One of my favorite things that we do at ADEA’s MaKuYa Museum is interviewing local elders. Much of the history that can be read about the Mtwara region of Tanzania centers around political issues and historic events often involving colonial engagement with the Arabs, Germans, and British. But from the elders we learn about local life; the traditions, customs, and social constructs under which communities functioned; and also local perspectives on national events. Additionally, there are wonderful personal stories that give richness and depth to our understanding of the intricacies, in both the past and present, of life in rural southeastern Tanzania.
In our museum collections we focus on the traditional life and artifacts of the Makonde, Makua, and Yoa people (tribes). In order for us to get a much richer and accurate understanding of the objects in our collections, and to learn about object we are missing, we ask the elders to discuss whether and how the objects in our museum played a part in their lives. The Makonde people live in an expanse of area that stretches from the Indian Ocean westward to the Makonde Plateau. This means that though they share a language and tribal name, the way Makonde individual communities operate can be quite different. This past week we interviewed two Makonde women from the coast town of Kianga. As part of the museum tour we showed them our collection of hunting and fishing tools. They explained that because they live on the coast they live on fish. The only time they use hunting tools (such as bows and arrows and spears) is as props in dancing. We must now ask why are they used in local dances, if they are not a part of their everyday lives? This will be future research. Another difference we learned from previous interviews is that inland people were much more likely to have worn textiles made from tree bark where as cotton cloth was more common for the coastal Makonde. This was because people on the coast had access to products from the Indian Ocean trade, which included textiles that arrived in the Arab town of Mikidani. Also, people on the coast are more likely to be Muslim, and people inland to be Christian, thus influencing their traditional cultures. I have learned from our interviews over the past several years that it is not always accurate to say, “the Makonde do things this way, and the Makua do things another way.” We have discovered that traditions related to many things – for example marriage, celebrating birth, coming of age, and honoring the dead – can vary from village to village and not merely from tribe to tribe. My hypothesis on this is that, if communities are subsistent – meaning they grow, raise or hunt just what they need – and neighboring people are doing the same, there is little need to interact or engage in cross-community trade.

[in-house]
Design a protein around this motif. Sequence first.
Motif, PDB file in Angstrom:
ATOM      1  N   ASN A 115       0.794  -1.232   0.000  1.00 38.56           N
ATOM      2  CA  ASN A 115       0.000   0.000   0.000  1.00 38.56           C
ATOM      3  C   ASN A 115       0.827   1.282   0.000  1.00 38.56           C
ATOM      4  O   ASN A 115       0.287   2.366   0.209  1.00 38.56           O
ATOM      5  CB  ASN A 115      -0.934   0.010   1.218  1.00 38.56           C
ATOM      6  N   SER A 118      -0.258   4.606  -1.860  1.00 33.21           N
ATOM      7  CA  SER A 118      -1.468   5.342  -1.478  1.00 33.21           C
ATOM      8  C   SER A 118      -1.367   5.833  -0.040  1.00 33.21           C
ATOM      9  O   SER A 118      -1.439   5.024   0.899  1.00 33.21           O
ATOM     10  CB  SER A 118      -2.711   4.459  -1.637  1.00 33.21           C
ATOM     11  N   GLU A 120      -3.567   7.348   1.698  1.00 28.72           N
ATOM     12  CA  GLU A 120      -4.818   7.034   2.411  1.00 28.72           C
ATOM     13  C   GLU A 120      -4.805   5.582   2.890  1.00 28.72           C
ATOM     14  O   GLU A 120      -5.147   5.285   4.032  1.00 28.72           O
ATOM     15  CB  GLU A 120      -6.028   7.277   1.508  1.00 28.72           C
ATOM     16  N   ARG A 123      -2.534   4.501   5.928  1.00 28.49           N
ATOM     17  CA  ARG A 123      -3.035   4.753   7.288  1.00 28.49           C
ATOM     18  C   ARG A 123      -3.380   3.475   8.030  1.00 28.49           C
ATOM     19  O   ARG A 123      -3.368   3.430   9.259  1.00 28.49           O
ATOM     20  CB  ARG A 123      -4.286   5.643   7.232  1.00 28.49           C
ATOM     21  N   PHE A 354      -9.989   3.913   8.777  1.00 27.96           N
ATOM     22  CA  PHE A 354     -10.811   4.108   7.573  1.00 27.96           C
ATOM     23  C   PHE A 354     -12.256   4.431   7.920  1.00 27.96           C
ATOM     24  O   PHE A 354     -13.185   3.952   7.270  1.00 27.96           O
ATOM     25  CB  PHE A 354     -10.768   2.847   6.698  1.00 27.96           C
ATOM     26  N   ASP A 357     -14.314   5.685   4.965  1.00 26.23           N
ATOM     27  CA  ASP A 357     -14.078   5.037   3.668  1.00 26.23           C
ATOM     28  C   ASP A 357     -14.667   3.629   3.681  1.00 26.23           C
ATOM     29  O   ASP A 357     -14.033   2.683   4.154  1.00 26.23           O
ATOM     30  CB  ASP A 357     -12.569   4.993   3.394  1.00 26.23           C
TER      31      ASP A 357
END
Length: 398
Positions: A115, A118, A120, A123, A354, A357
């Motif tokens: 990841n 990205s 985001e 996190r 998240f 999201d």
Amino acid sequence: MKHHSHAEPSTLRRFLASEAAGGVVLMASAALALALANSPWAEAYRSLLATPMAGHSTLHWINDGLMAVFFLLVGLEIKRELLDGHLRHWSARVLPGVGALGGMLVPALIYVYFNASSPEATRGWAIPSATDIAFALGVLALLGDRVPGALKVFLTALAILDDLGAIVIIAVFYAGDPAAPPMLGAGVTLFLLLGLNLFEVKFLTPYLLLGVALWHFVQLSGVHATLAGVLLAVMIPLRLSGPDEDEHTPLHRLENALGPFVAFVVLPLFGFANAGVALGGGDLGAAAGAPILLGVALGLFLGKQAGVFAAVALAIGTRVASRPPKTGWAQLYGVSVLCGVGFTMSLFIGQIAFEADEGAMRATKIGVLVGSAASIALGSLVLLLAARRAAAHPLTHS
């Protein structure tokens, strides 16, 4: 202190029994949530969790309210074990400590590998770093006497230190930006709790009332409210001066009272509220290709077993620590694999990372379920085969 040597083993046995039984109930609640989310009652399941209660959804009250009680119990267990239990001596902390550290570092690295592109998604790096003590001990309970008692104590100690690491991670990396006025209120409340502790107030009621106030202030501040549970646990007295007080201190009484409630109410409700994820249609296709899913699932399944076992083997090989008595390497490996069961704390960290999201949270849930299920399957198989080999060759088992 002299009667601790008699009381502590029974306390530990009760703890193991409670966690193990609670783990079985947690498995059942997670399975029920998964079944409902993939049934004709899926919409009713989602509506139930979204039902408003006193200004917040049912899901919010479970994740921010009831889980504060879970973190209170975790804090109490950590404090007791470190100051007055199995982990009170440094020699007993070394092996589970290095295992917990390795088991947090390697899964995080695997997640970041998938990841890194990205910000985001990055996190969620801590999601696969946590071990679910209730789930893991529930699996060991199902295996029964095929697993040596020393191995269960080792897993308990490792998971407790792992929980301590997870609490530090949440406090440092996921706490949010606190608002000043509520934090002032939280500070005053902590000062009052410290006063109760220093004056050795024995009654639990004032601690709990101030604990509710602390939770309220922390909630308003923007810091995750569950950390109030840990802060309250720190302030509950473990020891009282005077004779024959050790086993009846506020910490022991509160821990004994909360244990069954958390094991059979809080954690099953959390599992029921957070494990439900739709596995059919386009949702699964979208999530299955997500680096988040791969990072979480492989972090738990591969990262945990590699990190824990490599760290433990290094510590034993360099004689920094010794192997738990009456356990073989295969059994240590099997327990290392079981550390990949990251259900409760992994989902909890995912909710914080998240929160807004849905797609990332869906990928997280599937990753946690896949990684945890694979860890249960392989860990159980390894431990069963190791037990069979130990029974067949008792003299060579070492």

Other than group interviews, this week’s interview was our first with women. This is possible now that Mama Patakula has joined our MaKuYa team. Her presence as a woman makes it a more comfortable experience for the guest women in a society where men and women generally socialize separately.
Hearing the elders share of their past lives and traditions is one of the most enjoyable parts of my job. I will be sharing some of their stories in future blogs. The men and women are happy to talk, and they feel very honored that someone wants to hear their stories. It is important work in a place where there is only oral tradition. It is the hope of the MaKuYa team to conduct extensive interviews with elders across the Mtwara region as soon as possible. Each day that we wait, elders die. We interviewed a 98-year-old man for three days one month before he passed. We discovered some wonderful histories that will now not be lost forever.
If you know of any donor organizations that supports this sort of documentation effort (or you would like to support it) please let me know (firstname.lastname@example.org) – and thanks.